Beijing Tells Seoul to Stay Calm and Carry On, After Chinese Fishermen Sink a South Korean Coast Guard Boat


China said Wednesday that South Korea needs to stay “reasonable and cool-headed” even after Chinese fishermen rammed and sank a South Korean coast guard speedboat in the Yellow Sea.

China’s appeal to South Korea followed a warning Tuesday from Seoul, which said its coast guard vessels would be armed and ready to use to force against Chinese fishing boats that defy their orders.

The argument started last Friday, when — according to officials in Seoul– a 100-ton Chinese fishing boat slammed into a 4.5 ton South Korean speedboat that was trying to expel the Chinese fishermen from waters off the western coast of the Korean peninsula.

South Korean officials summoned China’s ambassador to express the government’s outrage over the incident and said that its coast guard vessels would be equipped with mounted machine guns from now on.

“We will actively respond to Chinese fishing boats that obstruct justice by using all possible means if needed, such as directly hitting and gaining control of those Chinese fishing boats as well as firing common weapons,” Lee Choon-jae, deputy chief of the South Korean coast guard, told reporters.

The spat between South Korea and China comes after Beijing has riled up most of its maritime neighbors — and the United States — with its expansive claims and aggressive behavior. China has built artificial islands in the South China Sea, provoking U.S. naval patrols in order to defend the right to free navigation, and sparking a tougher posture from Vietnam, Indonesia and others. In the East China Sea, China and Japan are at loggerheads over Chinese natural gas platforms that Tokyo says are both encroaching on disputed territory and potential military sites.

Tensions are already running high between Beijing and Seoul over South Korea’s decision to deploy U.S.-made missile defenses on its territory. Beijing views that as a threat despite Seoul’s insistence that the weaponry is aimed at countering the threat posed by North Korea. Until the announcement on missile defense, relations had improved in recent years years amid expanding trade and shared concerns over North Korea’s volatility.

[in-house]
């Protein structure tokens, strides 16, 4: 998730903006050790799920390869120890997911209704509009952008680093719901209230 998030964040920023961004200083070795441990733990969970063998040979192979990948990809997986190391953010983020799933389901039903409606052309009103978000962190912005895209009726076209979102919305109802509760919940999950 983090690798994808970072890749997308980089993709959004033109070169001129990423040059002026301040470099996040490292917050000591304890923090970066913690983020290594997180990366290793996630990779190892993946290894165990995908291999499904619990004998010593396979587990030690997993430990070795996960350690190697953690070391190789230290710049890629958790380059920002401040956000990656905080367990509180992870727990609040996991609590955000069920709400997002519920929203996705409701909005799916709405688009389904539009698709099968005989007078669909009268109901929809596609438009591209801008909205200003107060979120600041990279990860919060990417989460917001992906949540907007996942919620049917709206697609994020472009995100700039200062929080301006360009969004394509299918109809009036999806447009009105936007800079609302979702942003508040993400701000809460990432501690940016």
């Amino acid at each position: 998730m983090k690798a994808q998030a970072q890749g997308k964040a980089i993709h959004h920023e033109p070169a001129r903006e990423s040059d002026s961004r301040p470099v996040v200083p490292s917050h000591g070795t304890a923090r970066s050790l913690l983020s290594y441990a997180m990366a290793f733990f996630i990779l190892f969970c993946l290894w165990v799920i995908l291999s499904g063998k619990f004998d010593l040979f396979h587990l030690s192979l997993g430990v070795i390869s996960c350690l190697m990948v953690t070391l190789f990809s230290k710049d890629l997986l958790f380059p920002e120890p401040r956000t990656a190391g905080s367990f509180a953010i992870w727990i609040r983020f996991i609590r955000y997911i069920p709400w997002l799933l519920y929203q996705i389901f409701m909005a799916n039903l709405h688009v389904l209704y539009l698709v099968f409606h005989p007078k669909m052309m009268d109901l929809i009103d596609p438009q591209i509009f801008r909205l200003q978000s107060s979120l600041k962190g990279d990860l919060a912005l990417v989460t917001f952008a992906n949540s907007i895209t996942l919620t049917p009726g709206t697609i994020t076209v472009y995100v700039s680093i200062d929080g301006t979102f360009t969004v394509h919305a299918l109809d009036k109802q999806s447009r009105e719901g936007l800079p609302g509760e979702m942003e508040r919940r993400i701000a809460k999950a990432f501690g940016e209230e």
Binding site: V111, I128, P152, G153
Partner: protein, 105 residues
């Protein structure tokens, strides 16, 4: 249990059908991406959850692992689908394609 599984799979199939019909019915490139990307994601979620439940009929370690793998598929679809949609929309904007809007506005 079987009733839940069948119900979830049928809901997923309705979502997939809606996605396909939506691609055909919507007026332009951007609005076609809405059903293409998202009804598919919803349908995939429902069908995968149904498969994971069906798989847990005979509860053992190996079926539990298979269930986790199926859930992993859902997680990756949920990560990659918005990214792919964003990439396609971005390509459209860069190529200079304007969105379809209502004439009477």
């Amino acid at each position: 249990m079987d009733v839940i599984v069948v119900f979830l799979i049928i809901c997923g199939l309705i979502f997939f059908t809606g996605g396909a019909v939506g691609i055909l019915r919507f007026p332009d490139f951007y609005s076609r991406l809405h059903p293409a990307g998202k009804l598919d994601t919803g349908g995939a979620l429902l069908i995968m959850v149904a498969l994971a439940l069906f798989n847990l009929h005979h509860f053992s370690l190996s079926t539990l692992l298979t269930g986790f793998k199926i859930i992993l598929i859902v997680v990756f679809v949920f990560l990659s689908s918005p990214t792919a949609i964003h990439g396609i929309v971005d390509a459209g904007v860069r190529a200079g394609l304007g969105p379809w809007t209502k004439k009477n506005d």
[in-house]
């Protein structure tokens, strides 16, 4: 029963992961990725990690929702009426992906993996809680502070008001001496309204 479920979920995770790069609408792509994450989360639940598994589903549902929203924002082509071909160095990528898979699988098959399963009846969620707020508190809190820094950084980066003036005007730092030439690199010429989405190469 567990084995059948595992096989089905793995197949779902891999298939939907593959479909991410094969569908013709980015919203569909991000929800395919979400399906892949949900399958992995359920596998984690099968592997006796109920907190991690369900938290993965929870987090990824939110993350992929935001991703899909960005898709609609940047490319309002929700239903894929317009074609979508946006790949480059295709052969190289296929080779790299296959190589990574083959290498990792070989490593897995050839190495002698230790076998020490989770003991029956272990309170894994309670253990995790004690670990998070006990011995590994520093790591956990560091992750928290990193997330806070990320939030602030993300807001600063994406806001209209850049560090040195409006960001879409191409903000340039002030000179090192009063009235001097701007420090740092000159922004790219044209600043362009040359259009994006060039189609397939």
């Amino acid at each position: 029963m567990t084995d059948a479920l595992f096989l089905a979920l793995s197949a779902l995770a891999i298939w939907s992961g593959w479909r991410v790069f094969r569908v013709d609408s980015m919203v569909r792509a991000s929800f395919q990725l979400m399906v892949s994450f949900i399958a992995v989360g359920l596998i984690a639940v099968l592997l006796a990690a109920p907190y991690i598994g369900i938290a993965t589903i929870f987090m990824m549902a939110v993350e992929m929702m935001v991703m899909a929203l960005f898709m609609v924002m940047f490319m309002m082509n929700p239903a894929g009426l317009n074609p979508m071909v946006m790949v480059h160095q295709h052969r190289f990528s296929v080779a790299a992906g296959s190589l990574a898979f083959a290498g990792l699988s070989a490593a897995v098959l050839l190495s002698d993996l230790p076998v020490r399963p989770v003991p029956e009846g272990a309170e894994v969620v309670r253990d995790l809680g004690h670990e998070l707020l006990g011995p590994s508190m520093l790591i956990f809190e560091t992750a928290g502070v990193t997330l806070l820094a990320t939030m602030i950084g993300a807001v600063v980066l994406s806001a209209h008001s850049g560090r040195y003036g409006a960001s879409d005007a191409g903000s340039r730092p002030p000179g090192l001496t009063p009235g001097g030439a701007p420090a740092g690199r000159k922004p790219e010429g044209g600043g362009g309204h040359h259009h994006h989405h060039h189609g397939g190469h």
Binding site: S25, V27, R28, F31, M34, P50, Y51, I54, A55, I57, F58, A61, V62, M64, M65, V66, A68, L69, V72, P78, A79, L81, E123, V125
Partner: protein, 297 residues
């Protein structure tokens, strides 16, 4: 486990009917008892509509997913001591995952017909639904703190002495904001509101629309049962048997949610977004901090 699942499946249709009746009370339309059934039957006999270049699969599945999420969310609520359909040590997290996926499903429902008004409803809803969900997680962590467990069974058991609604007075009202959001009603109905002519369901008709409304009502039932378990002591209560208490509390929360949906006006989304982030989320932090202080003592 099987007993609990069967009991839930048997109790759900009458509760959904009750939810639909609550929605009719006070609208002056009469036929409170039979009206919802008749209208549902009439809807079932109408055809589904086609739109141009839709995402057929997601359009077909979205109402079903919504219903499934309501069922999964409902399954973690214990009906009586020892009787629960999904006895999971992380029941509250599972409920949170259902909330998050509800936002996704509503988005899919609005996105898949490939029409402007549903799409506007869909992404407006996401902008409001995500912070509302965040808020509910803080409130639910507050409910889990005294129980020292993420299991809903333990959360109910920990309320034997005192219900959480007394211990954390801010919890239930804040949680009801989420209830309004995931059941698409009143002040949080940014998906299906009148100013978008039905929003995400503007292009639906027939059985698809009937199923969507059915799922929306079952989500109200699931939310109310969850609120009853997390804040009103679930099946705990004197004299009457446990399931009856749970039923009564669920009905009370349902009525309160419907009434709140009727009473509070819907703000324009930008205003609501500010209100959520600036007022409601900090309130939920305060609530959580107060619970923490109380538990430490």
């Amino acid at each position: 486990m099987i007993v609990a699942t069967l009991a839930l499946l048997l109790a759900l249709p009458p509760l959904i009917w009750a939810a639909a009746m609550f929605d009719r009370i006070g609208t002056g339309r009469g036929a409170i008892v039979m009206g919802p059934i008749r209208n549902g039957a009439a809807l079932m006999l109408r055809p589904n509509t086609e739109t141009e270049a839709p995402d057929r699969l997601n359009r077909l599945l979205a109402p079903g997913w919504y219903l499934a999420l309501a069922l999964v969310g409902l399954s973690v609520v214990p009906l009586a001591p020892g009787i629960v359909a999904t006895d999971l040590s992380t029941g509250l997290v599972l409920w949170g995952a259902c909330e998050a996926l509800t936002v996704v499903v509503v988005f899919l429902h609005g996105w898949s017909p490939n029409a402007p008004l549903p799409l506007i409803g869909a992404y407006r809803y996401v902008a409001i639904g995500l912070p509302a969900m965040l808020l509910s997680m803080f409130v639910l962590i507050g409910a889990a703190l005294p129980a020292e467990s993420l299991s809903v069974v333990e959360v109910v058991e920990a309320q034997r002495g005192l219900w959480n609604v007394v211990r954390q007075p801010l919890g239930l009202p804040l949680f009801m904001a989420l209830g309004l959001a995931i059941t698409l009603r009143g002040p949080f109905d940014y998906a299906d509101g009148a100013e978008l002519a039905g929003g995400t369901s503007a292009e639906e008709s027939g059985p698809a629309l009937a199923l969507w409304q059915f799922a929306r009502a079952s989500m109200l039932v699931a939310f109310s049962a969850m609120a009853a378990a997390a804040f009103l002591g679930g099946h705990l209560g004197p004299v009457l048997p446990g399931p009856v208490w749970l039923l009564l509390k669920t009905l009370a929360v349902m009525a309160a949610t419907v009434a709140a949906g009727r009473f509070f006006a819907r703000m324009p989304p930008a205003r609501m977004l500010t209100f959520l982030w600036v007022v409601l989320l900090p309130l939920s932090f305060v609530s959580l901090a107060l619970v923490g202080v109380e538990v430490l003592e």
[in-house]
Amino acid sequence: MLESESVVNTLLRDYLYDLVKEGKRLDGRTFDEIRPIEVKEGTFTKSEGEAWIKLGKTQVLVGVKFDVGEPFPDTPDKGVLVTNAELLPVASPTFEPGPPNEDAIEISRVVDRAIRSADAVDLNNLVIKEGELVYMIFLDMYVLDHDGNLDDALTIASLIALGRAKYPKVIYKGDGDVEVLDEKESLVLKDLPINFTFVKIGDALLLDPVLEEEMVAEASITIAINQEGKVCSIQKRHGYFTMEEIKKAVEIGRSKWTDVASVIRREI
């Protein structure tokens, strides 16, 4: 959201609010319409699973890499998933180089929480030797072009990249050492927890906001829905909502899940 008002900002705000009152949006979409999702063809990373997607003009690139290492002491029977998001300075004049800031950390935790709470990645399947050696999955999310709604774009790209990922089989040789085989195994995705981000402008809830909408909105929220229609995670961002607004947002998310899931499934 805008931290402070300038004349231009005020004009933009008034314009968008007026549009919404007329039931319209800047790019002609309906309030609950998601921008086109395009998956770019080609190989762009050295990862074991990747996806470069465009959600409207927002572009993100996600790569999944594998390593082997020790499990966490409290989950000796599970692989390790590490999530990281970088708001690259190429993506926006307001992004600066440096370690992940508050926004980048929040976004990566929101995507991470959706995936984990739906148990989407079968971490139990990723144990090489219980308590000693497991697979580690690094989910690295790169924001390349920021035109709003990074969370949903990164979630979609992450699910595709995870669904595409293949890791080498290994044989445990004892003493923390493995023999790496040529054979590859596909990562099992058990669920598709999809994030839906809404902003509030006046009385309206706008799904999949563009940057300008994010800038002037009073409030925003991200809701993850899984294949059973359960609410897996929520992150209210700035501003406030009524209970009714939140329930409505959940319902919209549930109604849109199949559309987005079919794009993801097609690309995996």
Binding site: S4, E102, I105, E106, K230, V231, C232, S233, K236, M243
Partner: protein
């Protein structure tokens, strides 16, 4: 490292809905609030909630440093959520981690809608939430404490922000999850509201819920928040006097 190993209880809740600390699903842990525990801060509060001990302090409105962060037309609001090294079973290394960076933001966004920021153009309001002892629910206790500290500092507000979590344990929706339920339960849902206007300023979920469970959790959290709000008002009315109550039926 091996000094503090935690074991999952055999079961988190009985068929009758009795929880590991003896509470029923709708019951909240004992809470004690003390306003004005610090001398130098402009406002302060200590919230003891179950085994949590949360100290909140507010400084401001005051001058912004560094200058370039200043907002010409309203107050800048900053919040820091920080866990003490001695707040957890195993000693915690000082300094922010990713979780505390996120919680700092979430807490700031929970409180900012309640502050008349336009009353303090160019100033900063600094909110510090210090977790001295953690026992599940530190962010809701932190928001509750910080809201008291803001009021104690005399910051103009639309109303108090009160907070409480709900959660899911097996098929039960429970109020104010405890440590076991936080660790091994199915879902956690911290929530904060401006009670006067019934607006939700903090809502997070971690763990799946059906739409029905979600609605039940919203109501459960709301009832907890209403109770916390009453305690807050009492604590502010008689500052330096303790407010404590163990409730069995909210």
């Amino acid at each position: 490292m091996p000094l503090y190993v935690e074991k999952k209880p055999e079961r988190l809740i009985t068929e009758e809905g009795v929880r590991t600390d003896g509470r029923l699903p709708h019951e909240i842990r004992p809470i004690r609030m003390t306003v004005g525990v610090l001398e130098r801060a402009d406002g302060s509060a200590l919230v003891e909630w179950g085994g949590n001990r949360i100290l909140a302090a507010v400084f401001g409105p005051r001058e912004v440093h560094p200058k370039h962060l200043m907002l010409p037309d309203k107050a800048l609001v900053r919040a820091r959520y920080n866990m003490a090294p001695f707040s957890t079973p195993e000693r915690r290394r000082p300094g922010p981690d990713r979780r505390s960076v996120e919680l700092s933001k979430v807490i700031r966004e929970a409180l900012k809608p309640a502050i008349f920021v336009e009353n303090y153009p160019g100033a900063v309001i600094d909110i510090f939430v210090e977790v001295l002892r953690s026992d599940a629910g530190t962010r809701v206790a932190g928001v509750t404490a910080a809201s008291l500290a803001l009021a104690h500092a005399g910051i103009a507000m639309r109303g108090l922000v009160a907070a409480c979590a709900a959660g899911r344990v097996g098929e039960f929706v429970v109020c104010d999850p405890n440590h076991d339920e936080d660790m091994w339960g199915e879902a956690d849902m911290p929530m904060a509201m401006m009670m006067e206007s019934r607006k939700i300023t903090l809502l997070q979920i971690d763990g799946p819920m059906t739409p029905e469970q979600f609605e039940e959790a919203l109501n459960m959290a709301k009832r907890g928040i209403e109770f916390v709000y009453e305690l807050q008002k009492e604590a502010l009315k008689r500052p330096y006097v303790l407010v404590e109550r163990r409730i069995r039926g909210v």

The feud between China and South Korea over fishing rights in the Yellow Sea, which started about 15 years ago, has ramped up in recent months. South Korea’s ministry of defense alleges that Chinese fishing boats were caught operating illegally in 520 cases between January and May of this year, compared to 120 instances in all of 2015.

Although no one was injured in last week’s incident, the dispute has taken adeadly turn in the past. Clashes left a Chinese fishing boat captain dead in 2014 and claimed the lives of a South Korean coast guard member in 2011 as well as two Chinese fishermen in 2010.

Much to the irritation of neighboring states, China also subsidizes its fishermen. In the South China Sea, Beijing pays its fishermen to operate in far-flung waters as a “maritime militia” to back up its far-reaching territorial claims. In the Yellow Sea, however, there is no evidence that China is encouraging fishing boats to sail into Korean coastal waters, or that the fishermen are part of a wider strategic land grab, experts said.

Still, China does not impose any penalties on fishermen that are poaching in South Korean waters and Seoul “feels China does nothing to crack down on this illegal fishing,” said Gregory Poling, a fellow at the Center for Strategic and International Studies.Read more…


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